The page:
Pretty much every economics major confronts a very similar set of required classes: intro micro, intro macro, intermediate micro, intermediate macro, and econometrics. Some places combine the intro courses, or add a required calculus course, or sometimes a course in accounting. Then econ majors get a few electives and a senior project. When I Iook at those requirements, I find myself thinking that a lot of students come to economics expecting to interact with big policy questions of the day, but until they have survived this gauntlet of required courses, they often don’t get much chance to do so.

This mismatch between what incoming students are hoping and expecting and the requirements of the econ major reminds me of great comment at the start of an edited volume in political science. The topic of the book doesn’t matter for my point, but for the record, the book is Natural right and political right : essays in honor of Harry V. Jaffa, edited by Schramm, Peter W. Schramm and Thomas B. Silver, a compilation of essays published in 1984 as a festschrift for Jaffa’s 65th birthday. Schramm and Silver begin their introduction to the book this way:

Imagine yourself marooned on a desert island with only ten books to read, but in this case books not of your own choosing. Suppose them all to be books written by behavioral political scientists during the last 20 years. Question: Do you think that you would die first of boredom, or of self-inflicted wounds?

This was the situation of many students of undergraduate political science in the 1960’s … Except that we didn’t realize that we were living on a desert island. And although we had been intellectually starved to death, we never realized that we were dead. … As young political scientists, we had had drilled into us the central tenet of positivism: the distinction between facts and values … Qua political scientists, we were islands unto ourselves in the midst of the ferocious and bloody political controversies of the sixties, cut off from the citizen’s perspective on political questions.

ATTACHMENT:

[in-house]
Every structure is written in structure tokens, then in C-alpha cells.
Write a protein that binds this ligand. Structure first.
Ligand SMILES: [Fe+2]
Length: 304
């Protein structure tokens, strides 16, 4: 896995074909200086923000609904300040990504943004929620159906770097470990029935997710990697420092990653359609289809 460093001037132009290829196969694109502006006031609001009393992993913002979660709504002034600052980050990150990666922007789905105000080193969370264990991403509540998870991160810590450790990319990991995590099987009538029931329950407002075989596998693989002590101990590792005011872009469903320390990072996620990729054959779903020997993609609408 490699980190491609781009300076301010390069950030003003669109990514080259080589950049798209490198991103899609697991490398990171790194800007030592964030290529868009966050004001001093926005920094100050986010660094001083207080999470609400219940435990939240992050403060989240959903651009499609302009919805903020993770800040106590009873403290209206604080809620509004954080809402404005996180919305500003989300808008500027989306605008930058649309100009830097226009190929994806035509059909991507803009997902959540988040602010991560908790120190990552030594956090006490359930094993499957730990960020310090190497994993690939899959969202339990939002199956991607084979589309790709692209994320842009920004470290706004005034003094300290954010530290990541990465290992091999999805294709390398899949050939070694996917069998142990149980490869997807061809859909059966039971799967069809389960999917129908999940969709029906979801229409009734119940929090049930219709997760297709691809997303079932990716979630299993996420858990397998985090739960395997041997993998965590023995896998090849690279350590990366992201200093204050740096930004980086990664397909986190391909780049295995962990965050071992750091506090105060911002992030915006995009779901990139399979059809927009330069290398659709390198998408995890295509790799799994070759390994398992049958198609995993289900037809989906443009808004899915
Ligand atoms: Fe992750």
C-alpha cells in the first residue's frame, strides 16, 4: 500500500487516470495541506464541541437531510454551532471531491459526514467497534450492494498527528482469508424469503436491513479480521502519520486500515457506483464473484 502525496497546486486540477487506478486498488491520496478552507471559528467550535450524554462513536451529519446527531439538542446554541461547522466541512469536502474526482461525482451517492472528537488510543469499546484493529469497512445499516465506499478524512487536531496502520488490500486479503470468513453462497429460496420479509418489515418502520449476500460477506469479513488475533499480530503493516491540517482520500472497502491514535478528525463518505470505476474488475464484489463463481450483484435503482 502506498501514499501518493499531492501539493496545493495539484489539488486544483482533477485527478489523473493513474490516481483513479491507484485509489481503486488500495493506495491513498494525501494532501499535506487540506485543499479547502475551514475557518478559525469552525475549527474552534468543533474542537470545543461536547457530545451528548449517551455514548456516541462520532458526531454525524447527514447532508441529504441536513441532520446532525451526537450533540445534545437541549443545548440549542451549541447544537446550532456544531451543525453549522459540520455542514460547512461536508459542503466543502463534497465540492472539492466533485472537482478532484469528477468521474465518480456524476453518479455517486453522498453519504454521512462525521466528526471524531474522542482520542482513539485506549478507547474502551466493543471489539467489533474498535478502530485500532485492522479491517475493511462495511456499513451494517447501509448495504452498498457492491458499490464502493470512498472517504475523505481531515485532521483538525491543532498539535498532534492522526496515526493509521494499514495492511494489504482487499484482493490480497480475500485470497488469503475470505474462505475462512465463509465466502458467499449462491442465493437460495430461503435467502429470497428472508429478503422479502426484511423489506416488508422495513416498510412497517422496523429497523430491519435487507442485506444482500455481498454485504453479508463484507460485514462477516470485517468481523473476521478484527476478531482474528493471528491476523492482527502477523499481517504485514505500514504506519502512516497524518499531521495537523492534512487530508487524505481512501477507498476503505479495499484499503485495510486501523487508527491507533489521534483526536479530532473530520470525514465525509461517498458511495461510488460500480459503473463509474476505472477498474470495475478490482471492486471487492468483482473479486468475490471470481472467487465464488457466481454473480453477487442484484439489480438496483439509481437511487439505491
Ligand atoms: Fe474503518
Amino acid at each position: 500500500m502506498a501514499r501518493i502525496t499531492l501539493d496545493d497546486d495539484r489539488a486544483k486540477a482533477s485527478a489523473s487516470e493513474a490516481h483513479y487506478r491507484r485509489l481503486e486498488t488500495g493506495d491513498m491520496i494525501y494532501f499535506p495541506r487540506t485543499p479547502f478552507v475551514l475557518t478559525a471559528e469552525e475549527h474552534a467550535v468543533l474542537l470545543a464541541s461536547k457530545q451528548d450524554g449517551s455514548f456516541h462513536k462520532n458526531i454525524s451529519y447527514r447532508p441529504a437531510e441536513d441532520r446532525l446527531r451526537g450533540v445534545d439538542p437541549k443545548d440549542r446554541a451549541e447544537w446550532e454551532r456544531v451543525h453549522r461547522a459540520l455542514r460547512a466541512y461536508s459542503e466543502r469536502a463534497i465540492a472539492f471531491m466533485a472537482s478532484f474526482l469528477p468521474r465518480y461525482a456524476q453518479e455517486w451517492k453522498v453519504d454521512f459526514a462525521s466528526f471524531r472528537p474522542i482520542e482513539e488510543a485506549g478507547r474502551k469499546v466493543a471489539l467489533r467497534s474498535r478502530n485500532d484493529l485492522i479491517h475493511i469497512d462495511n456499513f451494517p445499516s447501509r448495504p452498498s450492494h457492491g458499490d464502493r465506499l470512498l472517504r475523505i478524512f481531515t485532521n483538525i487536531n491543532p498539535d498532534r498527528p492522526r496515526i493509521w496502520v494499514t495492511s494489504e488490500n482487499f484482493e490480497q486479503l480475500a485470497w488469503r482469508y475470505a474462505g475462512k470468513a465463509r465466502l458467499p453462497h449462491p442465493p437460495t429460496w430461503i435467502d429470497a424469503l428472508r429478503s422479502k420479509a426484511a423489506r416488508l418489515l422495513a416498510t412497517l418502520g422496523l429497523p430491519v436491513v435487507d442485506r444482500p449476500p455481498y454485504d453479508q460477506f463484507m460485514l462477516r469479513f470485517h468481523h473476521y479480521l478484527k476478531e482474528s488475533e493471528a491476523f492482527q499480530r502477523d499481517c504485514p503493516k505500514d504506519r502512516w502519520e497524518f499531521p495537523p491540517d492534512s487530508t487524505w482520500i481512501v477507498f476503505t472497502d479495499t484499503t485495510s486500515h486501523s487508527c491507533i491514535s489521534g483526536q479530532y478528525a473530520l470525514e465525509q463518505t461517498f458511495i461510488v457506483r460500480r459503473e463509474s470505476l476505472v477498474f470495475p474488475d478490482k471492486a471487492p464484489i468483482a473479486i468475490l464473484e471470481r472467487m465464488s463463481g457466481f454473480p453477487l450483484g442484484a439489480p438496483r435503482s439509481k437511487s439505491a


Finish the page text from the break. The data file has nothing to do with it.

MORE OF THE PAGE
Of course, I apply these sentiments to economics. For many undergraduate students with broad interests in the economy and public policy, if surrounded by the required curriculum for economics majors, would they die first of boredom or self-inflicted wounds? Are too many undergrad econ majors (or potential majors who headed somewhere else) being intellectually starved to death, cut off from the citizen’s perspective?

Along similar lines, I think of the famous line from the movie Casablanca, with Humphrey Bogart in the role of Rick Blaine and Claude Raines as Captain Renault.

Captain Renault: And what in heaven’s name brought you to Casablanca?

Rick Blaine quote: My health. I came to Casablanca for the waters.

Captain Renault: The waters? What waters? We’re in the desert.

Rick Blaine: I was misinformed.

One can imagine a parallel exchange between a distraught college student and an adviser:

Adviser: And why in heaven’s name are you majoring in economics?

Student: My intellectual interests and passions. I came to economics to study real-world problems, ranging from poverty and inequality to environmental protection, antitrust, and provision of health care and education.

Advisor: Real-world problem? What real-world problems? Your courseload for the next wo years is introductory micro, introductory macro, intermediate micro, intermediate macro, econometrics, and a mandatory accounting course.

Student: I was misinformed.

Given who I am and what I do, I’m naturally a huge fan of teaching economic theory and terminology. But my sense is that a lot of undergraduate economics majors end up completing the major with a relatively narrow range of knowledge about real-world topics and policies, because there just wasn’t enough time for many electives. So you have econ majors who don’t know much about taxation or Social Security, because they didn’t have room in the schedule for a public finance course; or who don’t know much about environmental economics, or international trade, or antitrust, or health economics, or inequality, or poverty, or infrastructure, and so on and so on–because there was only room in their schedule for a few electives. Of course, graduate students and researchers need to specialize. But the undergraduate curriculum in economics could often be better-connected to the observable economy around us.